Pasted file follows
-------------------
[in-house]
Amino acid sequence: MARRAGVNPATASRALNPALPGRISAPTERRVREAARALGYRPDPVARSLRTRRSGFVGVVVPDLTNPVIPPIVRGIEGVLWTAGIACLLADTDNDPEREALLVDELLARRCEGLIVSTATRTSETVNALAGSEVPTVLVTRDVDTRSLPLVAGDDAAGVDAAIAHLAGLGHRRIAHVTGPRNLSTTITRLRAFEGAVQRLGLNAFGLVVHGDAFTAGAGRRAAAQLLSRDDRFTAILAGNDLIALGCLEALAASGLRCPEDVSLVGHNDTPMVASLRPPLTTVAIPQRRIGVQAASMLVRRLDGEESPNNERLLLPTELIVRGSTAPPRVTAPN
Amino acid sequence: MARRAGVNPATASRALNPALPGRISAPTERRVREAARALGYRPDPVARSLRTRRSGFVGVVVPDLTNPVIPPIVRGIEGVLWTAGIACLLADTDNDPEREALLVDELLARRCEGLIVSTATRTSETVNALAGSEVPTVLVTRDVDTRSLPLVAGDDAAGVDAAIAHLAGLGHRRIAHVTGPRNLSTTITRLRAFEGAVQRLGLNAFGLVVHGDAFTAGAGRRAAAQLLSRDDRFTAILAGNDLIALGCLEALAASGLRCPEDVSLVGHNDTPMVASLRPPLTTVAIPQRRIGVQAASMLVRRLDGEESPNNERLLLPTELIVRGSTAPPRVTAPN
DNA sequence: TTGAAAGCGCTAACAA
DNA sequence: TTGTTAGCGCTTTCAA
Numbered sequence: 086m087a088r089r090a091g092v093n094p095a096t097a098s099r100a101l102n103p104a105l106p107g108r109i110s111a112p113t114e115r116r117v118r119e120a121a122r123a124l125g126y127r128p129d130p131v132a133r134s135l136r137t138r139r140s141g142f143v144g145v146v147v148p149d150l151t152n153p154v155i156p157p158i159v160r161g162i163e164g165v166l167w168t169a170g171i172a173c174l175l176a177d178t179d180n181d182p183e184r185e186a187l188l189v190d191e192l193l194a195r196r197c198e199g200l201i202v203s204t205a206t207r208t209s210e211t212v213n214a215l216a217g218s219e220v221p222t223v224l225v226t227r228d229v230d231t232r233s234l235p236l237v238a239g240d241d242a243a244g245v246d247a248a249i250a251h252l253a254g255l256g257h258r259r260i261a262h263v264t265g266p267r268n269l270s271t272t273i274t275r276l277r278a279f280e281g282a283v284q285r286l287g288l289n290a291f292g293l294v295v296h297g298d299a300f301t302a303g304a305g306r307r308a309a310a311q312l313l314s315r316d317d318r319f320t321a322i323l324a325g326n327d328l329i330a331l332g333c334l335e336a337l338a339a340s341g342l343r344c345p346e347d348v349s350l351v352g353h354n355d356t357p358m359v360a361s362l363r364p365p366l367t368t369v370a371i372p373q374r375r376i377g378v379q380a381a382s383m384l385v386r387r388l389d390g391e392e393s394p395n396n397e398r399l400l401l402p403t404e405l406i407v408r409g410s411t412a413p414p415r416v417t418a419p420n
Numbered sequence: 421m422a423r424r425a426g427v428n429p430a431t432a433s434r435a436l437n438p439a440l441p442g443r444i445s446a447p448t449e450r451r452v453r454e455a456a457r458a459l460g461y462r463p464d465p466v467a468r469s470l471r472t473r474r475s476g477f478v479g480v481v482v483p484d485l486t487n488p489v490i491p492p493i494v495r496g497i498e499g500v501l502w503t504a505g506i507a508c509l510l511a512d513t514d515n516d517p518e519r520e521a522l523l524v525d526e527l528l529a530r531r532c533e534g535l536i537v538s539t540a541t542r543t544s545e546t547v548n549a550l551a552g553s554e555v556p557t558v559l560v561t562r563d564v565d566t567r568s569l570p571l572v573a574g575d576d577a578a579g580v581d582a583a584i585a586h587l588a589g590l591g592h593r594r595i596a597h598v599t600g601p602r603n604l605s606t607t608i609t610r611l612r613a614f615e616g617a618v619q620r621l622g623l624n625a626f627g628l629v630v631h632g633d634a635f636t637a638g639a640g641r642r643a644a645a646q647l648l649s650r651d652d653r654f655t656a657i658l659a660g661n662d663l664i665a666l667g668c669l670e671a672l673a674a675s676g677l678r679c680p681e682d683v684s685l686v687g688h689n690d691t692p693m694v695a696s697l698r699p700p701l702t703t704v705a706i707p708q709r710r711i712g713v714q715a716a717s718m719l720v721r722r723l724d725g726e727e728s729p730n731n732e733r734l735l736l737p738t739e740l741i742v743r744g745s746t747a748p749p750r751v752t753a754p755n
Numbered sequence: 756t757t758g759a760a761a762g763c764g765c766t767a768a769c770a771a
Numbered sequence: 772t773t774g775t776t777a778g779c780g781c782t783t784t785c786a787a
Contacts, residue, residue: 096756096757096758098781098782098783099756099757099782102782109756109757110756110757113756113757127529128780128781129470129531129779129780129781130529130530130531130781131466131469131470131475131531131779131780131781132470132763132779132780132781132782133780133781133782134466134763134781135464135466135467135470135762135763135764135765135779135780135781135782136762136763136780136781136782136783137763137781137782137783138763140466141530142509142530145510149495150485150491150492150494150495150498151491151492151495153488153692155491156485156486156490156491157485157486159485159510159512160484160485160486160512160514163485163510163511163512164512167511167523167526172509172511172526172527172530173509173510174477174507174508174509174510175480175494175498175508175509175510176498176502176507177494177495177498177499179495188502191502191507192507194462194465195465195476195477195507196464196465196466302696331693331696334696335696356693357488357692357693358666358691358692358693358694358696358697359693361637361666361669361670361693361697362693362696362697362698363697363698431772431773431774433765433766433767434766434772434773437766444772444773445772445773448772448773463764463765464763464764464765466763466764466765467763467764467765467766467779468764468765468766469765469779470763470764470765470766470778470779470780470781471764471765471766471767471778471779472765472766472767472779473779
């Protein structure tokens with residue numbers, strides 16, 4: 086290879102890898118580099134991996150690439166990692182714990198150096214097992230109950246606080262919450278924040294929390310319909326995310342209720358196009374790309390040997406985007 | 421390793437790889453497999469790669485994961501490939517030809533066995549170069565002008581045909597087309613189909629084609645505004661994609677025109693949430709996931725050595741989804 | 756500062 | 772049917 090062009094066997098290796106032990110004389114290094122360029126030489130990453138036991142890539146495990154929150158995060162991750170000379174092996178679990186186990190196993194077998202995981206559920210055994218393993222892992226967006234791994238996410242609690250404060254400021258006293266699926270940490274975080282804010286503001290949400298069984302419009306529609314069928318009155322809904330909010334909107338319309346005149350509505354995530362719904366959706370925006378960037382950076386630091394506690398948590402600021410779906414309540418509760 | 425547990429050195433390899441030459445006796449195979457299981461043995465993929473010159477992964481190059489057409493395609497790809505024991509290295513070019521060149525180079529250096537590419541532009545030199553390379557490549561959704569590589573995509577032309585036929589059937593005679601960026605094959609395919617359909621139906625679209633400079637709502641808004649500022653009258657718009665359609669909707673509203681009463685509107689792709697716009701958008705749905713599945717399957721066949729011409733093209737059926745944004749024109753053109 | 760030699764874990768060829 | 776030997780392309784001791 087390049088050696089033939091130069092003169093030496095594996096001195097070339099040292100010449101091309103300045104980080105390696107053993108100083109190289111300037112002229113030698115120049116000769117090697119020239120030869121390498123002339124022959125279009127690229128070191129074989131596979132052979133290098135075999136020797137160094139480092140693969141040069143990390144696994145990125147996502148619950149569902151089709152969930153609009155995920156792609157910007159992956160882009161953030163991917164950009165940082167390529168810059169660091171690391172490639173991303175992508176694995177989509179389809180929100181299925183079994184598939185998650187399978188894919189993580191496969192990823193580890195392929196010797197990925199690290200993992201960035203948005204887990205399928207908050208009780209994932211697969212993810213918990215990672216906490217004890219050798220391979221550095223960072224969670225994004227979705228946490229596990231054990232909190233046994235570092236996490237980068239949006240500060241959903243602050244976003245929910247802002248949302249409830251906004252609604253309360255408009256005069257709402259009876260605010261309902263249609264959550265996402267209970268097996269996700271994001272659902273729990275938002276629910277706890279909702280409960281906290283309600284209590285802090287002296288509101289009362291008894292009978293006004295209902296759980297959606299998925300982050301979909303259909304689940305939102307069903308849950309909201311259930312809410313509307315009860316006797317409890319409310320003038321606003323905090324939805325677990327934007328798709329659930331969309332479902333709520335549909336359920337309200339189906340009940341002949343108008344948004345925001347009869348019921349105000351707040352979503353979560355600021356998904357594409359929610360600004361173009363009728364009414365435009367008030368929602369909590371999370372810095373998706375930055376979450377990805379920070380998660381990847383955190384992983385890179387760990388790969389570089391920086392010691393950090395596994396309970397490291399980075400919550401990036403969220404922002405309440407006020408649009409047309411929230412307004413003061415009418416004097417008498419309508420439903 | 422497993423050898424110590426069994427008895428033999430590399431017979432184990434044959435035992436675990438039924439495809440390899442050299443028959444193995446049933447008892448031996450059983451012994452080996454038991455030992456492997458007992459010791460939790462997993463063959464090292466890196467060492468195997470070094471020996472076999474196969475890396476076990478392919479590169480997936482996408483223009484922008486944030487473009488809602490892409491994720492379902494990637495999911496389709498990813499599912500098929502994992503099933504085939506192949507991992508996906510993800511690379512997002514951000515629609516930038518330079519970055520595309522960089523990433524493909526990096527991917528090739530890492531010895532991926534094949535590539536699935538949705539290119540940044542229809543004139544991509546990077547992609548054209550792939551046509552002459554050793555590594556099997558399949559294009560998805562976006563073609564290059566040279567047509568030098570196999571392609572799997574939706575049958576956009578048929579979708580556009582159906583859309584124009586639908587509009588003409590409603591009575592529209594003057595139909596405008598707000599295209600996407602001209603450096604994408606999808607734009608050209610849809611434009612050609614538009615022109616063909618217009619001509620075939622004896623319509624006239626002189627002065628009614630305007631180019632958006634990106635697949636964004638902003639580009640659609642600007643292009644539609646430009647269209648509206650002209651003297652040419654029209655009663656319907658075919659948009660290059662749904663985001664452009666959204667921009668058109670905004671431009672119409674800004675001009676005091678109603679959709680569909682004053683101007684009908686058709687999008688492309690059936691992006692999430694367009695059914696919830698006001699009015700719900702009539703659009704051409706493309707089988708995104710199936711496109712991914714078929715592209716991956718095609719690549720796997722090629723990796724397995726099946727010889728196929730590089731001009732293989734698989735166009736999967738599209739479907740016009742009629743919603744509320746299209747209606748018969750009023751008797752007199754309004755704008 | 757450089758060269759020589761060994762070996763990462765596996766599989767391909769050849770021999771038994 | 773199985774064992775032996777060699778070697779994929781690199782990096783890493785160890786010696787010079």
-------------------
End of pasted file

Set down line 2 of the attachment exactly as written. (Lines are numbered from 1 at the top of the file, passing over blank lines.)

Amino acid sequence: MARRAGVNPATASRALNPALPGRISAPTERRVREAARALGYRPDPVARSLRTRRSGFVGVVVPDLTNPVIPPIVRGIEGVLWTAGIACLLADTDNDPEREALLVDELLARRCEGLIVSTATRTSETVNALAGSEVPTVLVTRDVDTRSLPLVAGDDAAGVDAAIAHLAGLGHRRIAHVTGPRNLSTTITRLRAFEGAVQRLGLNAFGLVVHGDAFTAGAGRRAAAQLLSRDDRFTAILAGNDLIALGCLEALAASGLRCPEDVSLVGHNDTPMVASLRPPLTTVAIPQRRIGVQAASMLVRRLDGEESPNNERLLLPTELIVRGSTAPPRVTAPN